Setting Your Rates as a New Virtual Assistant 

Setting your rates as a new virtual assistant can feel scary. Many new Virtual Assistants price their rates very low in the hopes that this will attract more clients.  

While you may get more interest initially, this method usually backfires because bad clients tend to hire based on your price alone. You’ll end up thinking that being a VA doesn’t pay enough and is too much of a headache to deal with. 

Here’s how to set better rates that attract quality clients… 

See What Others Are Charging

It can be helpful to look at what other Virtual Assistants charge to help you set your prices. Some virtual assistants do post their rates on their websites.  

But make sure your price comparing with VA’s who do your type of work. Comparing rates between a VA who specializes in web design and a VA who specializes in social media videos won’t help you set your rates. 

Hourly Rates vs Fixed Price

Next, you need to understand how other VA’s set their rates. There are two common ways to do this. Some virtual assistants charge a fixed price per project while others charge an hourly rate.

Hourly Rate

The amount of money that is charged, paid, or earned for every hour worked: You pay a fixed or hourly rate for the advisers’ time rather than paying for the products they sell you.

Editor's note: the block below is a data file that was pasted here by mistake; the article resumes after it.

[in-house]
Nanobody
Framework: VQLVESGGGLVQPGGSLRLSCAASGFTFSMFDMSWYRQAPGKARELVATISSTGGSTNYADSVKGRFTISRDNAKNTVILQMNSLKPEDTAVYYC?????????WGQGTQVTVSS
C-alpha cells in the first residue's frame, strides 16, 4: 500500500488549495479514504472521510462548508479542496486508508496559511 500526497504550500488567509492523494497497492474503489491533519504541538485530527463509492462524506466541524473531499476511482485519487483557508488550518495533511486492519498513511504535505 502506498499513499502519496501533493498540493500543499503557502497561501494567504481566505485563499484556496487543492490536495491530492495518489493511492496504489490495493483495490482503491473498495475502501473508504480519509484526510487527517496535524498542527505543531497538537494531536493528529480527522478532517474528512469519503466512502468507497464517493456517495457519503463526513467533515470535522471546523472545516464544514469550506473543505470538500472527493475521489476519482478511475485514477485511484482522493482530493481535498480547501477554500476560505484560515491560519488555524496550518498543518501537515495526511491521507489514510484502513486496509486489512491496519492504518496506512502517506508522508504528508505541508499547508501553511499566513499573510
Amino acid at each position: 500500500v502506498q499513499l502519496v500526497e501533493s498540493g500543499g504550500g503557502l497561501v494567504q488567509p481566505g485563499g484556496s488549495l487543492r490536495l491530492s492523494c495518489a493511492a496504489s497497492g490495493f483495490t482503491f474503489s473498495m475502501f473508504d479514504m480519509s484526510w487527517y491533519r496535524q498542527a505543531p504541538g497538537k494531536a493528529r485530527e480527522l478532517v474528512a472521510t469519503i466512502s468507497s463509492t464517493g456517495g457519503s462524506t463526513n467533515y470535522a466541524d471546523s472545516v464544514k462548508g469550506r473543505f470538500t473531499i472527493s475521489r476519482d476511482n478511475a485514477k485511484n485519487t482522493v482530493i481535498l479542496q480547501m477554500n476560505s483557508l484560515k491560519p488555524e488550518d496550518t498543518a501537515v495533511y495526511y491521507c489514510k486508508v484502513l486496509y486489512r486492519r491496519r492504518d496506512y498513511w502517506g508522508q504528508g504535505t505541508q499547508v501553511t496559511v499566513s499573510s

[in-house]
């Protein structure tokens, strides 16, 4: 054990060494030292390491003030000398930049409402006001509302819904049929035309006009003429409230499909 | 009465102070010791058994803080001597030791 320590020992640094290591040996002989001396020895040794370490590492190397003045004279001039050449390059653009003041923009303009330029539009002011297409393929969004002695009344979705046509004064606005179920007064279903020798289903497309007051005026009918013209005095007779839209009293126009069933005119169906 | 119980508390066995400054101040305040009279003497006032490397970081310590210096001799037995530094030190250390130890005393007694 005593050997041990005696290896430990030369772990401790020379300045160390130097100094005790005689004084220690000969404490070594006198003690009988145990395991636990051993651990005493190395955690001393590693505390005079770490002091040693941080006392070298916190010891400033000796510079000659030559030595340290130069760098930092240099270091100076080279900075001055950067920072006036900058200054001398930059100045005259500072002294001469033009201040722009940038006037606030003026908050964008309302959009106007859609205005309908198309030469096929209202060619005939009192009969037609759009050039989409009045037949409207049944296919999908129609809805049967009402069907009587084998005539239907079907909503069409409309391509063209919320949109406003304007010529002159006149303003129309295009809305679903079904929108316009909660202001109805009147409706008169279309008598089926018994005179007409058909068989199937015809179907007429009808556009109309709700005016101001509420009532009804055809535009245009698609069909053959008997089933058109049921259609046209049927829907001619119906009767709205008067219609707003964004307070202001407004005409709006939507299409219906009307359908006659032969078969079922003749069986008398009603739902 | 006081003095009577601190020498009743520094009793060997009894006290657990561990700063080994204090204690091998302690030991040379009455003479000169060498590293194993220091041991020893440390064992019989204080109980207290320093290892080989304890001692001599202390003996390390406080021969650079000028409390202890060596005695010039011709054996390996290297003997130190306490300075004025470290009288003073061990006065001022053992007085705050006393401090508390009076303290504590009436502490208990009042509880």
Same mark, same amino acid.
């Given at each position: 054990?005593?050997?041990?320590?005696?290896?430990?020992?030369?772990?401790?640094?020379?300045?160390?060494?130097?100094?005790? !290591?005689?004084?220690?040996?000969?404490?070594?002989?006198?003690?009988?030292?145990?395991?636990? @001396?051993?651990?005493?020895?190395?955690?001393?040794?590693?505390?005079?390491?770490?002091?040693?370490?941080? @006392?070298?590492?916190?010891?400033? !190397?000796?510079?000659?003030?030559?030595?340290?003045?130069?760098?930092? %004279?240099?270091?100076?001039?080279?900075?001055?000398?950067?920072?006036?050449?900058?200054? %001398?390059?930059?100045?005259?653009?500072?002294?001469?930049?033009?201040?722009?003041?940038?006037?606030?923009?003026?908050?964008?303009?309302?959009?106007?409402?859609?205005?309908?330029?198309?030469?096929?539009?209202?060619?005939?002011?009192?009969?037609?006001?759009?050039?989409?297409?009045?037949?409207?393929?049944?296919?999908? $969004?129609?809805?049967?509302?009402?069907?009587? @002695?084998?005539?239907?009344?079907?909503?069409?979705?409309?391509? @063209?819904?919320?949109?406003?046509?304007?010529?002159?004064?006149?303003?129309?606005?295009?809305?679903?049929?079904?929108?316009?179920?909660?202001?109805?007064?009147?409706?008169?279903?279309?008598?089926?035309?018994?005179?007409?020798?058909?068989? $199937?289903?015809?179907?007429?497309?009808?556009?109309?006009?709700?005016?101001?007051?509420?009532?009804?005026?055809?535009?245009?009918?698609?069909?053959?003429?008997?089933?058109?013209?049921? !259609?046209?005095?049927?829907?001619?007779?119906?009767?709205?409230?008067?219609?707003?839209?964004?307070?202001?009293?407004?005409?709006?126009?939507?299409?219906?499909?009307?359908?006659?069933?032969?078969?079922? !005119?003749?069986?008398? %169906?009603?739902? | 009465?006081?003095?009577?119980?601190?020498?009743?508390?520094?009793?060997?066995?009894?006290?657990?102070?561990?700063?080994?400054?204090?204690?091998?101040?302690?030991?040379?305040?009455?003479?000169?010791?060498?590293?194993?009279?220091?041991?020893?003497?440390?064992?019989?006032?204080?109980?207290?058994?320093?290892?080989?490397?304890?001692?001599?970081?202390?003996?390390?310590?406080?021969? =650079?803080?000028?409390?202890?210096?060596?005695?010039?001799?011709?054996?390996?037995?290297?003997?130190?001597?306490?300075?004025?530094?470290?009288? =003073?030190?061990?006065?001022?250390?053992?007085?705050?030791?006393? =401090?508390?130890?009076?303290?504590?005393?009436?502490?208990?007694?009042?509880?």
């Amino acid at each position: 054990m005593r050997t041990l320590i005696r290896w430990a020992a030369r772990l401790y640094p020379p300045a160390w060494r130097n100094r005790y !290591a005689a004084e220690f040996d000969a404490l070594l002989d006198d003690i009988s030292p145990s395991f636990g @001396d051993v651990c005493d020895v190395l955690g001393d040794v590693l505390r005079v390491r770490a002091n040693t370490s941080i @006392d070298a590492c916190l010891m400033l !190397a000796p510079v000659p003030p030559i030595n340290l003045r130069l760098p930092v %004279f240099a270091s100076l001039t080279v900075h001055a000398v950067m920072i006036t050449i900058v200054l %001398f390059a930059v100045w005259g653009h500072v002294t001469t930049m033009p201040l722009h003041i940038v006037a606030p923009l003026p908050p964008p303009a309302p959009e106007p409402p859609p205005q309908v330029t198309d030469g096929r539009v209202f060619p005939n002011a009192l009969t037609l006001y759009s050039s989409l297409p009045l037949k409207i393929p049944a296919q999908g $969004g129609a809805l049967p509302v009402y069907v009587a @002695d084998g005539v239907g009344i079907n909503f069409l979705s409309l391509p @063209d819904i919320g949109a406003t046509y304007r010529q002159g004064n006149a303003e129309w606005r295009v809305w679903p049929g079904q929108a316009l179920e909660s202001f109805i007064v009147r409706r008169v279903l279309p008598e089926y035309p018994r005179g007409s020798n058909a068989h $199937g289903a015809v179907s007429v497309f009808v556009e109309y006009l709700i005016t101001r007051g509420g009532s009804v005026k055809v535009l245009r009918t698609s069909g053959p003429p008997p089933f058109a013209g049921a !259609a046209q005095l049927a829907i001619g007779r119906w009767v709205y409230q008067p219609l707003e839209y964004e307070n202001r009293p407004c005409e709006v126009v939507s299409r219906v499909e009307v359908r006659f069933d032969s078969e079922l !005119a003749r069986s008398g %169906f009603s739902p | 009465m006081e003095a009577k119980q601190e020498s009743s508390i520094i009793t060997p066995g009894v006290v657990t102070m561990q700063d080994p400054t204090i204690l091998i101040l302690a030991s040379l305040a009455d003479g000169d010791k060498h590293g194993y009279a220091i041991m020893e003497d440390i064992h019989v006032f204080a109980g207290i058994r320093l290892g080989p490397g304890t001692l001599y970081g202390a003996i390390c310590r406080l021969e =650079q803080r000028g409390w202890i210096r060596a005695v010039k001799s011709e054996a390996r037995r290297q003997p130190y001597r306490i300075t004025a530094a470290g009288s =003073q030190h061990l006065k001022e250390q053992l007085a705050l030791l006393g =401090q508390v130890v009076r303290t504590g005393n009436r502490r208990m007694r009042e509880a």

The hourly rate is helpful when you’re new and inexperienced. It gives you the space to learn how long it takes you to do certain tasks, which projects your clients’ value, and what a fair wage for your time is.  

However, the hourly rate is not helpful if you have advanced skills. For example, when Trisha started out as a VA, she set up mailing lists for her clients. The process took her about 4 hours and she charged $25 per hour. This means her clients were paying her an average of $100. 

But as Trisha developed her skills, it only took her 2 hours to handle the mailing list set up. Since she was still charging by the hour, she earned $50 instead of $100. This means she was losing money because of her experience. 

The way to overcome a problem like this is to offer a fixed price. That’s what Trisha began doing. She charged a flat-rate fee of $100 for every mailing list set up that she did. She was still offering the exact same service; the only difference was the new price reflected Trisha’s years of expertise and knowledge. 

Flat Rate

Example: Technicians working under flat-rate or incentive pay systems usually earn more than employees in shops with hourly rates — provided they are confident and work reasonably quickly. Most companies use one system. … Tasks that place a premium on fine craftsmanship are also often done at an hourly rate.

Ask for a Deposit

Make sure you ask for a deposit from your clients at the start of each project. This protects you if you start working on a project, but your client must cancel it for some reason. You’ll still have the deposit which should cover the time you’ve already invested. 

But a deposit also protects your client, too. It assures them that they’ve booked time on your busy schedule and makes their project a top priority.  

Most clients understand this and will happily pay the deposit. But if a client balks when you bring this up, they may be more interested in test driving your services than making an actual purchase. 

Setting your rates when you’re first starting your virtual assistant business might make you feel nervous. This is natural and you’ll become comfortable discussing your prices as time goes on. 

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